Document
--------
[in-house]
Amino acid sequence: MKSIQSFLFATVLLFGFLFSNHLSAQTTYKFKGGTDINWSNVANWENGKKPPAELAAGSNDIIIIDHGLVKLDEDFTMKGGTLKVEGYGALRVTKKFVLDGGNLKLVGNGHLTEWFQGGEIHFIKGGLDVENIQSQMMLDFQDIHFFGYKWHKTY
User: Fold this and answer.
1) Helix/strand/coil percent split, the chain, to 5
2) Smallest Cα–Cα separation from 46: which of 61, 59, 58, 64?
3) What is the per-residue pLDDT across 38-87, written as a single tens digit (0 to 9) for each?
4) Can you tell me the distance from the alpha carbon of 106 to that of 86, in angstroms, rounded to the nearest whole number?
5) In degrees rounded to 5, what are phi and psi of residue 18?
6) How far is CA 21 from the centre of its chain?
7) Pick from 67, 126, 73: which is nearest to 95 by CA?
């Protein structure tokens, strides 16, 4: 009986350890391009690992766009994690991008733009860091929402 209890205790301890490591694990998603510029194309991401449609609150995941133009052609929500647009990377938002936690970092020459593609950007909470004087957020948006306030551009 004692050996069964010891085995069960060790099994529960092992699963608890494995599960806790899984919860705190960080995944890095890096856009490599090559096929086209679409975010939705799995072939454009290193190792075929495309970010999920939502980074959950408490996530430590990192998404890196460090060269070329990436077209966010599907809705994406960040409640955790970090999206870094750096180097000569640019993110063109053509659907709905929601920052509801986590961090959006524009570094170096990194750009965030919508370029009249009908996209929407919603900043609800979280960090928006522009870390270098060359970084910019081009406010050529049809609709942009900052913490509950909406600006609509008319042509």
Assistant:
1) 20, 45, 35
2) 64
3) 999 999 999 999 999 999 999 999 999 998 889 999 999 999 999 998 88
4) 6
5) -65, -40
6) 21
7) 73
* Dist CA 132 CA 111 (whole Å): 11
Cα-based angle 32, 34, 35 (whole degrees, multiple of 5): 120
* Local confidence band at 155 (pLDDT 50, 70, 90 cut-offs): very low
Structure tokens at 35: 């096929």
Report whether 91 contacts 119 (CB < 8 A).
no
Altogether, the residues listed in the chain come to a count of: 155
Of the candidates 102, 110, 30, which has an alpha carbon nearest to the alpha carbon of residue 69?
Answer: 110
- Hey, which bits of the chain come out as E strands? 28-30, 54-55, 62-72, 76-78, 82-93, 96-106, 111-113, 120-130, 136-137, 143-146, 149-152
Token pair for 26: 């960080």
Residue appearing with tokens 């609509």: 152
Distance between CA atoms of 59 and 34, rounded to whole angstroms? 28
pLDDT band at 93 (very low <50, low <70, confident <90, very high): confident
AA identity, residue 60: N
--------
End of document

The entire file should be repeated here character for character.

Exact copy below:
[in-house]
Amino acid sequence: MKSIQSFLFATVLLFGFLFSNHLSAQTTYKFKGGTDINWSNVANWENGKKPPAELAAGSNDIIIIDHGLVKLDEDFTMKGGTLKVEGYGALRVTKKFVLDGGNLKLVGNGHLTEWFQGGEIHFIKGGLDVENIQSQMMLDFQDIHFFGYKWHKTY
User: Fold this and answer.
1) Helix/strand/coil percent split, the chain, to 5
2) Smallest Cα–Cα separation from 46: which of 61, 59, 58, 64?
3) What is the per-residue pLDDT across 38-87, written as a single tens digit (0 to 9) for each?
4) Can you tell me the distance from the alpha carbon of 106 to that of 86, in angstroms, rounded to the nearest whole number?
5) In degrees rounded to 5, what are phi and psi of residue 18?
6) How far is CA 21 from the centre of its chain?
7) Pick from 67, 126, 73: which is nearest to 95 by CA?
């Protein structure tokens, strides 16, 4: 009986350890391009690992766009994690991008733009860091929402 209890205790301890490591694990998603510029194309991401449609609150995941133009052609929500647009990377938002936690970092020459593609950007909470004087957020948006306030551009 004692050996069964010891085995069960060790099994529960092992699963608890494995599960806790899984919860705190960080995944890095890096856009490599090559096929086209679409975010939705799995072939454009290193190792075929495309970010999920939502980074959950408490996530430590990192998404890196460090060269070329990436077209966010599907809705994406960040409640955790970090999206870094750096180097000569640019993110063109053509659907709905929601920052509801986590961090959006524009570094170096990194750009965030919508370029009249009908996209929407919603900043609800979280960090928006522009870390270098060359970084910019081009406010050529049809609709942009900052913490509950909406600006609509008319042509």
Assistant:
1) 20, 45, 35
2) 64
3) 999 999 999 999 999 999 999 999 999 998 889 999 999 999 999 998 88
4) 6
5) -65, -40
6) 21
7) 73
* Dist CA 132 CA 111 (whole Å): 11
Cα-based angle 32, 34, 35 (whole degrees, multiple of 5): 120
* Local confidence band at 155 (pLDDT 50, 70, 90 cut-offs): very low
Structure tokens at 35: 């096929």
Report whether 91 contacts 119 (CB < 8 A).
no
Altogether, the residues listed in the chain come to a count of: 155
Of the candidates 102, 110, 30, which has an alpha carbon nearest to the alpha carbon of residue 69?
Answer: 110
- Hey, which bits of the chain come out as E strands? 28-30, 54-55, 62-72, 76-78, 82-93, 96-106, 111-113, 120-130, 136-137, 143-146, 149-152
Token pair for 26: 């960080």
Residue appearing with tokens 């609509």: 152
Distance between CA atoms of 59 and 34, rounded to whole angstroms? 28
pLDDT band at 93 (very low <50, low <70, confident <90, very high): confident
AA identity, residue 60: N